Reading Your Meter
The Water Department reads both analog and digital meters at customer premises every month. This is a critical step in tracking and accurately billing for water that is used. Meters are read every business day in some part of the city, so your reading will not be calculated based on the calendar month.
See below for instructions on how to read your analog or digital meter. As you proceed, please note that all Fort Worth meters measure the amount of water used in cubic feet. The Water Department measures water use in CCF or hundred cubic feet. One hundred cubic feet is equal to 748.1 gallons. Be aware that the amount you are billed will not match the reading exactly unless you read the meter at the same time as the meter reader.
Your analog water meter has a set of numbers similar to the odometer in your car, and the numbers spin as you use water. Simply read the numbers to know how many cubic feet of water you have used. In the illustrated example, the meter indicates that 7,896 cubic feet of water have been used. This number represents a starting point. At the end of the month, read the meter again. Subtract 7,896 from the end-of-the-month reading to find out how many cubic feet were used during the month.
The meter has a sweep hand and the numbers 0-9 arranged clockwise around the face, as shown in the illustration. One revolution of the sweep hand represents one cubic foot of water used. The meter face also has a leak indicator. This indicator may look like a triangle or gear on the left, or a two-color wheel in the center of the meter face. To determine a leak, turn off all water. If the indicator is moving, water is going through the meter, which means that a leak is possible.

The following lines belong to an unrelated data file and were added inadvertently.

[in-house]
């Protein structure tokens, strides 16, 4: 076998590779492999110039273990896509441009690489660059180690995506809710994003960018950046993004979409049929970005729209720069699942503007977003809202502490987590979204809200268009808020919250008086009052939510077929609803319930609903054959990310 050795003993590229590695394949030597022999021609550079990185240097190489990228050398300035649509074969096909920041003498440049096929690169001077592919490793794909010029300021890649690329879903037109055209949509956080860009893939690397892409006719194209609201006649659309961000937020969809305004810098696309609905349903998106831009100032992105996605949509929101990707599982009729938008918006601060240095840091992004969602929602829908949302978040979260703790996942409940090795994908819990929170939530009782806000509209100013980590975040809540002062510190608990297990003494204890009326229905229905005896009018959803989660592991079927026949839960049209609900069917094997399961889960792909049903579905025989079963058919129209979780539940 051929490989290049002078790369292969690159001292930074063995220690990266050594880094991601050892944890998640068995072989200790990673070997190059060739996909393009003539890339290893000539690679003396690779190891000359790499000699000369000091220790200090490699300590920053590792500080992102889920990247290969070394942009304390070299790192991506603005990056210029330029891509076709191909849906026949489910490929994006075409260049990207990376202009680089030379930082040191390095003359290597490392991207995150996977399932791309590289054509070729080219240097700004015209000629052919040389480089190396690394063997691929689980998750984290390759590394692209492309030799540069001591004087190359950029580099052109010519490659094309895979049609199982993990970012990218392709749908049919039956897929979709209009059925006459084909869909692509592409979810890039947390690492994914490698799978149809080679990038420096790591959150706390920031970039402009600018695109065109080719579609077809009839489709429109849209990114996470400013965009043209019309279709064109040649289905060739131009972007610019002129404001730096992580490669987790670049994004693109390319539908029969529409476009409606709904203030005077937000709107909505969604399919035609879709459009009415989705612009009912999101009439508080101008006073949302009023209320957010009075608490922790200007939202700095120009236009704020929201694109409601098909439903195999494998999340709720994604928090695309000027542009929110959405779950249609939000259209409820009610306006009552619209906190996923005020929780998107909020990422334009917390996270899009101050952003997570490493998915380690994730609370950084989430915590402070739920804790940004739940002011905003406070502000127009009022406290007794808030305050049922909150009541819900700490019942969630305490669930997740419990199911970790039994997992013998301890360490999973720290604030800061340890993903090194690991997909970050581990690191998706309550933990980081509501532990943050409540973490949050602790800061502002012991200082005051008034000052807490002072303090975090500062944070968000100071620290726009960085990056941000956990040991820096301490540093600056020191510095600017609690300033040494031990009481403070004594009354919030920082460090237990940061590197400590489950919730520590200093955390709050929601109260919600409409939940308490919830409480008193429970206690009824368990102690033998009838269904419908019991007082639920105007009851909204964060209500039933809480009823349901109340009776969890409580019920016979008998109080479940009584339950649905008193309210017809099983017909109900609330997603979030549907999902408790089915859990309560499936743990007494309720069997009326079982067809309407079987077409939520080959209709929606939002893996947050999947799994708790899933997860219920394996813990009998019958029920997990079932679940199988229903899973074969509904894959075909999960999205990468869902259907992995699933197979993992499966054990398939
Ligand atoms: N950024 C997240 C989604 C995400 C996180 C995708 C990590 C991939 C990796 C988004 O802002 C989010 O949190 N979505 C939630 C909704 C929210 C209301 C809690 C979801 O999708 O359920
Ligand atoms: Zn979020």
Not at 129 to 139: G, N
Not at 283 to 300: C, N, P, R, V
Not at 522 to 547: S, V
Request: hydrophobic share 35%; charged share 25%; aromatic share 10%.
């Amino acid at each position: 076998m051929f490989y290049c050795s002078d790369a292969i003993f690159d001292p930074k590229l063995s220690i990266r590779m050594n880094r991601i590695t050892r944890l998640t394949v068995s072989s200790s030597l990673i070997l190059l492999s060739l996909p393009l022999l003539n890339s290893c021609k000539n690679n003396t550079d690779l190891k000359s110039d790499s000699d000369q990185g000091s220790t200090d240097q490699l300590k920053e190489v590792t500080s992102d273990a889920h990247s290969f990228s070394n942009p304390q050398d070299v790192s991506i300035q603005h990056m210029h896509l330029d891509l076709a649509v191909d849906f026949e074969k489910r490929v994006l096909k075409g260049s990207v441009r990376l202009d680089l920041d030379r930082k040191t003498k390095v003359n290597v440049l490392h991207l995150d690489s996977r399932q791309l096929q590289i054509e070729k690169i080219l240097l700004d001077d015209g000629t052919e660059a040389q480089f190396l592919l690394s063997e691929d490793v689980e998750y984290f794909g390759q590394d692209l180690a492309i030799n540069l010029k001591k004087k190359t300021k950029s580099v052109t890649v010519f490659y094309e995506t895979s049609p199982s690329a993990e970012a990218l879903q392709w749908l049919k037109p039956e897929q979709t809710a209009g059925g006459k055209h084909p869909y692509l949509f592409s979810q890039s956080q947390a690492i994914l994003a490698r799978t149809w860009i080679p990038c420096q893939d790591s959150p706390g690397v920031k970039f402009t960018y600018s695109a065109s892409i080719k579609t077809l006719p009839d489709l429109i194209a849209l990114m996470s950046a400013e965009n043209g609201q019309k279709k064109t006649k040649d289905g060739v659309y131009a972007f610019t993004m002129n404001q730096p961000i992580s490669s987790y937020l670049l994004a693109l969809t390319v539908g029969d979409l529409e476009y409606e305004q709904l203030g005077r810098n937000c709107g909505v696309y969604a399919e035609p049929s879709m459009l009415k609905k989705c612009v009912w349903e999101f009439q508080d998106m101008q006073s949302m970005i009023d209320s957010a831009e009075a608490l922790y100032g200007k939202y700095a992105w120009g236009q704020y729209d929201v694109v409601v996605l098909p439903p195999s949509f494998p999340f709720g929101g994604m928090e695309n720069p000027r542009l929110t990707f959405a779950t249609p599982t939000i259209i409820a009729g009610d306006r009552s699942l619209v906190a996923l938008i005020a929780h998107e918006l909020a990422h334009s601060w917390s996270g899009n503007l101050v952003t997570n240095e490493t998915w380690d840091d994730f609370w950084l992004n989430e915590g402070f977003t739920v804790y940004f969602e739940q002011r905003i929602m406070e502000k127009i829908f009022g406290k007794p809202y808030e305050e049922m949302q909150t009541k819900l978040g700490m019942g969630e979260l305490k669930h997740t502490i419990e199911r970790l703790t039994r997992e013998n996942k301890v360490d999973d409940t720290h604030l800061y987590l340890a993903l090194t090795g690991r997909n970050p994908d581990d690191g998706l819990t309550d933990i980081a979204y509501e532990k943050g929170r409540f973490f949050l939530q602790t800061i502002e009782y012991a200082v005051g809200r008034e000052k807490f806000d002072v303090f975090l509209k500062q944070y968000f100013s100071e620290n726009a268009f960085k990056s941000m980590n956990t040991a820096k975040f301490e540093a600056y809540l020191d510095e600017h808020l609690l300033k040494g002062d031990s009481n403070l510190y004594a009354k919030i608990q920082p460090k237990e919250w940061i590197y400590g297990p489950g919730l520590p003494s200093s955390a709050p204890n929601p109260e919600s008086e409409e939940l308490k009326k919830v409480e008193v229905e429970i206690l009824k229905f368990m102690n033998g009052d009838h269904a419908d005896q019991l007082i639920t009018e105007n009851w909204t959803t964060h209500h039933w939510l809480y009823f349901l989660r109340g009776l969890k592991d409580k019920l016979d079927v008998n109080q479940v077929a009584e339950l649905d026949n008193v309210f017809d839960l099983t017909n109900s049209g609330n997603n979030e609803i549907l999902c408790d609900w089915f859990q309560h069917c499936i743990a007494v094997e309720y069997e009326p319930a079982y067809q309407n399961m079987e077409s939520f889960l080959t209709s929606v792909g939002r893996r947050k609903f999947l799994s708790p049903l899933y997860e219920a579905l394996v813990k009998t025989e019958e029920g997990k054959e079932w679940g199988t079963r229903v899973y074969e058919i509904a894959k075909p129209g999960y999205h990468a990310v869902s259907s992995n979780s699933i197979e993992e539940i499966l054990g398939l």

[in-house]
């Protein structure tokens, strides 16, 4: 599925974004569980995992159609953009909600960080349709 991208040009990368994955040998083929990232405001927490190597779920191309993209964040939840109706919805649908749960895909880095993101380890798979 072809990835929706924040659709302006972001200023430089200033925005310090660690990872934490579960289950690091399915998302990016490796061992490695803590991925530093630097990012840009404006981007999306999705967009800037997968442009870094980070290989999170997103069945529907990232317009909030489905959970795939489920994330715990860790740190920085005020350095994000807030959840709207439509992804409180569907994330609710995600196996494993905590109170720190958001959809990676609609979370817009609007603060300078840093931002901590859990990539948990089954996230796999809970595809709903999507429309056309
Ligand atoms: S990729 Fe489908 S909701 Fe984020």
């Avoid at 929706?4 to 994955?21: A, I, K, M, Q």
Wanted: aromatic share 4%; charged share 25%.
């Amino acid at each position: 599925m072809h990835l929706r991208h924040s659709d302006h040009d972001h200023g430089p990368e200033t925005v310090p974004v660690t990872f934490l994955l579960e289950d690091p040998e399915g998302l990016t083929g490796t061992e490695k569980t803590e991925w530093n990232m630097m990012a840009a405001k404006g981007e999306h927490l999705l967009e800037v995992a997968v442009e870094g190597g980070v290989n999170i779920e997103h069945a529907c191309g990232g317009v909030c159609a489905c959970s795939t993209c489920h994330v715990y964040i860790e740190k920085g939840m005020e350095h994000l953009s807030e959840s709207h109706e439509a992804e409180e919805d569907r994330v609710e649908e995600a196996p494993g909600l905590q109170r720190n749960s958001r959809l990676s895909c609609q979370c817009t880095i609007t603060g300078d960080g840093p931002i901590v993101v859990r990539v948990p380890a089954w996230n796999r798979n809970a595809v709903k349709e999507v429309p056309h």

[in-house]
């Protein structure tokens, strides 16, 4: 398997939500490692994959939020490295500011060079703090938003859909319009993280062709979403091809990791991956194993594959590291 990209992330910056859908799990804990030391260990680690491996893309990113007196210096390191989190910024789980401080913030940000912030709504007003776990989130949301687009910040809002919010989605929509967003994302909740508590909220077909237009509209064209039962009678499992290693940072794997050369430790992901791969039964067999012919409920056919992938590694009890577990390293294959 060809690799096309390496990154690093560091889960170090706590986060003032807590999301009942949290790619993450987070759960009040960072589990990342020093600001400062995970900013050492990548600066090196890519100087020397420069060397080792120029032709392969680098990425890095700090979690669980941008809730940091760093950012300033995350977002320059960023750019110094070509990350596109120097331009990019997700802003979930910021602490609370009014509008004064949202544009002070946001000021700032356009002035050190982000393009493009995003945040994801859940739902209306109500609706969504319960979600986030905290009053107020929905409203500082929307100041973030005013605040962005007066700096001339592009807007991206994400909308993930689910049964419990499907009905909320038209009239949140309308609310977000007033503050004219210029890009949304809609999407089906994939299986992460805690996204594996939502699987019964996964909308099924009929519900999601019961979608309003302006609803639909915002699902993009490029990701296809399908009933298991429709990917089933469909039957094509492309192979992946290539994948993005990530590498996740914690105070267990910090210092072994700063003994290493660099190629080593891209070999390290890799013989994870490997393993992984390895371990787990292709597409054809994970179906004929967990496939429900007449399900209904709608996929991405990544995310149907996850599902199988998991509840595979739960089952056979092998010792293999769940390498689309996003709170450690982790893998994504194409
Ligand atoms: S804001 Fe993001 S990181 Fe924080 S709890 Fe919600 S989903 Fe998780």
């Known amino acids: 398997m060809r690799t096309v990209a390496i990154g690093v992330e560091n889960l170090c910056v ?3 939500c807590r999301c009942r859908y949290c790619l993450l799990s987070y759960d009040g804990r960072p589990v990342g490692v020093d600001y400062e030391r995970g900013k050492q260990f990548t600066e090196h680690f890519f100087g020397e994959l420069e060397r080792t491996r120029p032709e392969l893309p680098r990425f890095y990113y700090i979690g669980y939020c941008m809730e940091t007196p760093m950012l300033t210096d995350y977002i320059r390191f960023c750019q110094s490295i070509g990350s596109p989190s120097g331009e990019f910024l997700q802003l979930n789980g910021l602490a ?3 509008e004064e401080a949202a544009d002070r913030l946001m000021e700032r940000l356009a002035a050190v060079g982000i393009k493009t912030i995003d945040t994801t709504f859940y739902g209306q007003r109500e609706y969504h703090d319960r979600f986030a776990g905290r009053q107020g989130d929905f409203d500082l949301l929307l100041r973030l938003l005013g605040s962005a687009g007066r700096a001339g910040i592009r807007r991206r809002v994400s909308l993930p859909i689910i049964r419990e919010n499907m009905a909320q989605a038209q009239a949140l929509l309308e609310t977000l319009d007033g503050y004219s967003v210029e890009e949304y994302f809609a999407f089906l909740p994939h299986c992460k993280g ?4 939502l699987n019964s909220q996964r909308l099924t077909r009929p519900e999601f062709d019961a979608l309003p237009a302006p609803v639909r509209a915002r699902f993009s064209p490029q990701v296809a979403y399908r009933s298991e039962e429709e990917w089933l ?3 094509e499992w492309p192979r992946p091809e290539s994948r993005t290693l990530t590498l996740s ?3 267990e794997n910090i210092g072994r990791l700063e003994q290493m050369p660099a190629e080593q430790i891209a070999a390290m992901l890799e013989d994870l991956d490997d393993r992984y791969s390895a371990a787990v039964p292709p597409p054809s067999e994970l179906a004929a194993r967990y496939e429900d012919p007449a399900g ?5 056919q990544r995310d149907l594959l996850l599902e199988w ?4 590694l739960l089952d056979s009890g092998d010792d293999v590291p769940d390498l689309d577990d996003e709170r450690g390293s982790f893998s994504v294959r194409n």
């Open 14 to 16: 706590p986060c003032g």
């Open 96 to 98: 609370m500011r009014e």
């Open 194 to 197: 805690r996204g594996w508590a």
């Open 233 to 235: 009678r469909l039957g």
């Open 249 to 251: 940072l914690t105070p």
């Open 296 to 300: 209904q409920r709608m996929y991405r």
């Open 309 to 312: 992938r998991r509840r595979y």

If your water meter was replaced recently, you received a digital meter. These water meters feature an electronic display and have a number of advancements including greater reliability and higher-resolution readings.
The numbers on the screen show your water usage. In the illustration, 7,896.011 is the amount of water that has passed through the meter. To calculate your usage for the month, take the value of your first reading for the month and then subtract that from the end of the month number.
There are other helpful indicators on your digital water meter display. The 5/8” in the example above represents the size of the meter. “CF” indicates the meter records water use in cubic feet. When the flag icon is lit, it means that there may be a leak on the customer’s side of the meter. Lastly, if the battery icon is on, the meter’s electronic register has a low battery. The Water Department is responsible for replacing the batteries, which are expected to last about 20 years. Also, please note the wires attached to the meter are not in use at this time.
Apartment complexes, condominiums, multiple use facilities and manufactured home communities can submeter or allocate billing of water and wastewater rates to tenants. There are rules and regulatory practices established by the Public Utility Commission of Texas that must be follow.
The local utility is not directly involved in these matters and has no authority in dispute intervention or resolution. The Public Utility Commission of Texas has a consumer complaints hotlined: 1-888-782-8477.
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